For those who doesn`t know, TDN stands for “Thursday Drink Night” and is a online gathering and celebration (but some also meet in person, i have done a TDN once in the US with Kaiserpenguin for example and i think i did one from New Orleans too) of cocktail mixing with cocktail bloggers, spirits writers, bartenders, and drinks enthusiasts.
It takes place on thursday nights, once a week mostly to chat and mix up tasty and sometimes crazy cocktails based on a given theme which can be a particular spirit, mixer, bitters, fruit, memorial or something else.
This thursday the theme was Nuku Hiva.
I have special appreciation for Polynesia and i have spent time reading many books about French Polynesia and the Marquesas islands over the years whose history i find fascinating. The Marquesas are a chain of ten large mountainous islands and some smaller islets in east-central Polynesia and it`s ancient name is Henua Enana – The land of men.
These are some of the most remote islandsin Polynesia with a rich history as wild as the beautiful nature.
But the TDN topic Nuku Hiva have a scary back story…
[The] theme will be “Nuku Hiva” based on recent events on that tropical Polynesian island. A little back story:
In early October, the charred remains of a German adventurer were discovered at a campfire site on a South Pacific island. The tabloid media were quick to portray the slaying as a possible case of cannibalism on Nuku Hiva, an island historically known for human sacrifice. But locals are offended and experts say such killings are a thing of the very distant past.
You can read the rest of the story here. Seems to me like a one mad man crime and i believe these sort of crimes are unusual there. But it´s not that sad and disturbing story that is the reason for inspiration of this TDN but rather the outstanding potential of tiki material here.
So this was the rule – Make a tiki drink with at least one German ingredient, bonus points if you use fire. Participants could log in to the Mixoloseum chat room to mix it up in real time with the rest of the boozenerds.
So i don´t need much encouragement to get going with a tiki drink and so a drink inspired by the Marquesan island Nuku Hiva i did and with fire of course, properly served in a tiki mug:
Shake hard with ice and strain into tiki mug with filled with crisp glistering crushed ice and throw in a fresh mint sprig. Or make it the way i did with a ice-cone.
Place half limeshell on top filled with overproof rum and set on fire.
HOW TO MAKE THE ICE CONE
Fill a pilsener glass with shaved or crushed ice and stick a straw through it all the way to the bottom. Put in freezer overnight. Next day warm up the glass with hot water so the cone slides out off the glass and then melt enough at the top to expose enough straw to drink from. Put in glass.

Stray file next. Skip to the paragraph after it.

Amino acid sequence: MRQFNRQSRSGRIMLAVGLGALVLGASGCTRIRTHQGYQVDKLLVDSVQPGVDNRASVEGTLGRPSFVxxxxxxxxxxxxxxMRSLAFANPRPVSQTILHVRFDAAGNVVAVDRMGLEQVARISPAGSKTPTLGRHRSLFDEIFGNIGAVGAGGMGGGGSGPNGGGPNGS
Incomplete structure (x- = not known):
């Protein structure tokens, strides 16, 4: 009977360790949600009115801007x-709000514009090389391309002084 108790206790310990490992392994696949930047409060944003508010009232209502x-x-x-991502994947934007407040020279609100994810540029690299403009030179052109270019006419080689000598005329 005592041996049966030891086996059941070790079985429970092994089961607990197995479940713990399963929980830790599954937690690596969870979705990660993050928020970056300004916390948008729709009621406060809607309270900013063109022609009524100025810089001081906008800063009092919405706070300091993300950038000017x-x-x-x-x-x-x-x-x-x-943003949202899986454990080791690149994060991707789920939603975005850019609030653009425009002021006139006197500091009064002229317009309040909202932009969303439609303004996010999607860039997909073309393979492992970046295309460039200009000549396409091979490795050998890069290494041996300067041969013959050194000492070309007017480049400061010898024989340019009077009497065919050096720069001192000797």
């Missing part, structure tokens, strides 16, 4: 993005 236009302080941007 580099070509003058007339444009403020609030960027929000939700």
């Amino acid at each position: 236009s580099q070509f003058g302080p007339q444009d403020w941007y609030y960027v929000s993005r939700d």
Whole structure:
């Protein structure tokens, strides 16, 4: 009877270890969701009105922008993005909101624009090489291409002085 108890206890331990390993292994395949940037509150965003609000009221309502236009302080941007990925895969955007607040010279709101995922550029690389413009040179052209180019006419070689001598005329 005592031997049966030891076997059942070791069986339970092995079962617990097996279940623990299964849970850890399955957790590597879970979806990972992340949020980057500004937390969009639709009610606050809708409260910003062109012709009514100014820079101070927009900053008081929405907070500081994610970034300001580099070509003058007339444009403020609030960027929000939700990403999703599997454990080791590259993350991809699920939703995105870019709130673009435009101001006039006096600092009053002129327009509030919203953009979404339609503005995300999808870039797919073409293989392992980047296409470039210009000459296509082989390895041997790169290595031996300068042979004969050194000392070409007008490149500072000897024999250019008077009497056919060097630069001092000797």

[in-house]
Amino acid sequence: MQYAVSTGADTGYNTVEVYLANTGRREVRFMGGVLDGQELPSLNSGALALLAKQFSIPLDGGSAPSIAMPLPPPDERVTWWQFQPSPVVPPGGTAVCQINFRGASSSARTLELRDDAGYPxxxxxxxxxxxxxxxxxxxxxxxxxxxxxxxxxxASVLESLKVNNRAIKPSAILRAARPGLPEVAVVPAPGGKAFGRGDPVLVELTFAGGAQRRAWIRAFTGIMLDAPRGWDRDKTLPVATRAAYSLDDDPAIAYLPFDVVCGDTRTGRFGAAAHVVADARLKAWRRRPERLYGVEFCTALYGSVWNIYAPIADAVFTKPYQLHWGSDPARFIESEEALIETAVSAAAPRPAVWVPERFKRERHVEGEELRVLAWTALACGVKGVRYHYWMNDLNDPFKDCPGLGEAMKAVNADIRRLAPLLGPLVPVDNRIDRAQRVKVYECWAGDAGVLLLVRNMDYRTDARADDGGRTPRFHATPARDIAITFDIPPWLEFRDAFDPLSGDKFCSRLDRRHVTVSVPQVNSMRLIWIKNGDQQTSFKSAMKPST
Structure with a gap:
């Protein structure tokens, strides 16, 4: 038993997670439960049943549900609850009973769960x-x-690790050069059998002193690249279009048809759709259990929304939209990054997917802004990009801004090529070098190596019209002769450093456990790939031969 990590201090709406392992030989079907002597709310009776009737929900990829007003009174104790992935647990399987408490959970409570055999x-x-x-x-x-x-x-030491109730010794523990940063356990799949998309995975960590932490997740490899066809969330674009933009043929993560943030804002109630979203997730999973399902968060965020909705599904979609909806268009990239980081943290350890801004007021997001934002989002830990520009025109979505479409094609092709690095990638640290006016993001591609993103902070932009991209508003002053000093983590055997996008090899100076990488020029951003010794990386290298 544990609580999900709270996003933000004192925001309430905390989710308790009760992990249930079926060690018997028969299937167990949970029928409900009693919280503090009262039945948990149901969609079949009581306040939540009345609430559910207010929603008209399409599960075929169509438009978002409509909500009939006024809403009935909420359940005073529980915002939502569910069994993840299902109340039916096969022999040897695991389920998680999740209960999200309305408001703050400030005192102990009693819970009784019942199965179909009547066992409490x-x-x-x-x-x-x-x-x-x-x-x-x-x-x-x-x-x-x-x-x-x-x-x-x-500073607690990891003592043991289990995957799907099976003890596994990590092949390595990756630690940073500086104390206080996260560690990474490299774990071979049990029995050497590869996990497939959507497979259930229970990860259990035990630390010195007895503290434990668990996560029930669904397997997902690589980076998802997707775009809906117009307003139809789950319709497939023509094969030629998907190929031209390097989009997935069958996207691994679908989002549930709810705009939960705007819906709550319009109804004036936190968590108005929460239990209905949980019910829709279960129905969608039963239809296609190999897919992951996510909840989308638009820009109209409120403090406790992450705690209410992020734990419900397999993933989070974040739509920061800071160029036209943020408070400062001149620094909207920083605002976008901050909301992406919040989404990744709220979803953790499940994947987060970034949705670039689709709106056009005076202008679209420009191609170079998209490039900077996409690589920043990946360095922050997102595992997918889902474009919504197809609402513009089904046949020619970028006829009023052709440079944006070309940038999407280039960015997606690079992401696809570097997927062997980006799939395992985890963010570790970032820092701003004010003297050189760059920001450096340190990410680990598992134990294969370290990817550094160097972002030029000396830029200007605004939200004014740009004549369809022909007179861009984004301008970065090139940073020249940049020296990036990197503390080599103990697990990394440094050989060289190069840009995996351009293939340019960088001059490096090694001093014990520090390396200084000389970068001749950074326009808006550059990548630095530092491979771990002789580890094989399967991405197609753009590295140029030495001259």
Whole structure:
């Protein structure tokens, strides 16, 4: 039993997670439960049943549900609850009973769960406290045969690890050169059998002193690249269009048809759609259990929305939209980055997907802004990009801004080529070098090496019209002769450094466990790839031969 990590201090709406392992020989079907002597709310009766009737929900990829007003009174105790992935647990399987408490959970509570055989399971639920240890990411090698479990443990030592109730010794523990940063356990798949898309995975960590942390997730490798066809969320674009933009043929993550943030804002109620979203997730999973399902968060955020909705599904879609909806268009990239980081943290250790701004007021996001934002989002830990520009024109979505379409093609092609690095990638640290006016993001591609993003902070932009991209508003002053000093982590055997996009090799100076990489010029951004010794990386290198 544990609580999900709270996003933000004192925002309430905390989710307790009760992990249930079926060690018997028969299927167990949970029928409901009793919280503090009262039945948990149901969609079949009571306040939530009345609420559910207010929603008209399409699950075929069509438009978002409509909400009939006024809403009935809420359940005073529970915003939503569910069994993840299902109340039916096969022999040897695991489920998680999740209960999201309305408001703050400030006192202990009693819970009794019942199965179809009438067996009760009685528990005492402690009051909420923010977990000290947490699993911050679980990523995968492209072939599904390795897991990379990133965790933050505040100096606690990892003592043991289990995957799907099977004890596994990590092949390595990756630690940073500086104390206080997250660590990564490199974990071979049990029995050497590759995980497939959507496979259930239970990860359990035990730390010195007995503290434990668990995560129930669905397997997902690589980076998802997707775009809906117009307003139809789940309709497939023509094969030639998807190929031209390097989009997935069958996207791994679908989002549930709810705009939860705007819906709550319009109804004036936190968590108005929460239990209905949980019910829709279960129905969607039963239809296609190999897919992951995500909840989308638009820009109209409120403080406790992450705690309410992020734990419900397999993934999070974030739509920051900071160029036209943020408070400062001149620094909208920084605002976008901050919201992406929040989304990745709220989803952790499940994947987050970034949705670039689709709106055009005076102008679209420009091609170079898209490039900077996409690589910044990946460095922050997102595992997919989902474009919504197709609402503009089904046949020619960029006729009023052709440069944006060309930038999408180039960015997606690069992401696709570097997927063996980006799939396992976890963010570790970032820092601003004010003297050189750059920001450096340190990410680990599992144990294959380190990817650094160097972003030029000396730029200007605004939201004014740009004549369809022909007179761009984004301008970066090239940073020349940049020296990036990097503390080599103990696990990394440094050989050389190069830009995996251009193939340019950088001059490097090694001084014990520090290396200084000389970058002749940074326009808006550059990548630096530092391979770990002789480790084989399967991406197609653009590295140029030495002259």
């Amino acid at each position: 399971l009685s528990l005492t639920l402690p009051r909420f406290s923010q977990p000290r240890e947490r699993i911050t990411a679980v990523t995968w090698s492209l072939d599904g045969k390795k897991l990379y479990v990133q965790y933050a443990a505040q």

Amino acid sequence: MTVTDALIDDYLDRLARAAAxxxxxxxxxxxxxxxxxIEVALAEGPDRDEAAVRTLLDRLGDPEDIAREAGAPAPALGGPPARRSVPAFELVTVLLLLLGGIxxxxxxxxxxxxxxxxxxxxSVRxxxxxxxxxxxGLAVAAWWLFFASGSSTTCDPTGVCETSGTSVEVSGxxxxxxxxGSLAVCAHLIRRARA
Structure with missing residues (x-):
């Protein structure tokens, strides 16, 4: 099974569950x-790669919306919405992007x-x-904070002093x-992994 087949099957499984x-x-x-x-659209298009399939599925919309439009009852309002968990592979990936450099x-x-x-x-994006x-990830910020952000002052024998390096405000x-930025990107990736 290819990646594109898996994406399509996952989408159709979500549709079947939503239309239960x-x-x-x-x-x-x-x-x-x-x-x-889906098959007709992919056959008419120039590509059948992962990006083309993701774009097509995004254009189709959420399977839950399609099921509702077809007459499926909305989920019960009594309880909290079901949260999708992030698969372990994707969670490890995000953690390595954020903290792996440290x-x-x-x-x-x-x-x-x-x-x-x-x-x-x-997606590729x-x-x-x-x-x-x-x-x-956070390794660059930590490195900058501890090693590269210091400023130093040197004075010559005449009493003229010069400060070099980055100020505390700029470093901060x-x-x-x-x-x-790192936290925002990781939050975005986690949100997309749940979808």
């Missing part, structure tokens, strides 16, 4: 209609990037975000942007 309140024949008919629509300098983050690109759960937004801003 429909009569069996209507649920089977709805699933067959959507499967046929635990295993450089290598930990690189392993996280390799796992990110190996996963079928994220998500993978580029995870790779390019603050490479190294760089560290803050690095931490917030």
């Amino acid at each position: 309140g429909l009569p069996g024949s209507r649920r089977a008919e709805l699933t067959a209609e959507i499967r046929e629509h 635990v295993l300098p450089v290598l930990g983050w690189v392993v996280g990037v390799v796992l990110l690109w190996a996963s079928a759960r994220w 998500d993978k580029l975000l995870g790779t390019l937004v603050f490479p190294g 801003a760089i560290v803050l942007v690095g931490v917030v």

Here´s the link to the drinks that were made that night on twitter.
I wrote about it long ago but i feel it`s time to re-visit this topic. It`s not very often you see people write about ice-molds but here`s a post over at Let`s Tiki. The first time i saw a picture of a tiki drink with an ice mold of some kind was the cocktail chronicles post about the Luau Grog. it had that ice-cone you make in a pilsener glass. That picture was enough to make me dream..Then i saw a few pictures of the Dr Funk`s Son cocktail served in an entire ice-mold around the glass. The rest i saw in Beachbum Berry´s books and i was intrigued.
I made my first attempts in 2008 and made the Dr Funk`s Son and experimented with both crushed and plain ice molds around the glass with various results. I made a blog post about the other attempts to make ice molds as well. I found it to be difficult without an ice-shaver since you need fine ice for the molding made easier and with good results. I used a hand-mixer to get the crushed ice become more fine.
I had to (and still have to) first crush the ice and since my hand-mixer is broken down i need to beat it with a mortar to become easier to mold. Since i let the ice cubes stay out for a little while to soften it`s necessary to work quickly cuz the melting goes fast. You mold the shape you want and then place it in the freezer for at least 2 hours before using in the drinks. They used to serve tiki drinks with ice molds back in the days…but in our time it`s a rare thing, but i`ve heard they does it in Mai Kai. It would be a very cool experience to order a few drinks served that way.
We know that we drink with our eyes too and how a drink is presented whether it has garnish or no garnish is very important and affects the whole drinking experience. And the ice molds has a way of transforming the feel when you have them in your hand, there`s something magic about them. Add to that the fact that a tiki drink in itself has a magic feeling especially if you`re in a dark tiki bar with the right atmosphere. But that`s the whole point of tiki – escapism.
I`m gonna present a few drinks and ice molds that you easily can make yourself. If you have an ice shaver you`ll get much better results than i can get with just roughly crushed ice.nThe first drink is basically a raw chocolate Mai Tai served in an ice tower.
1) ICE TOWER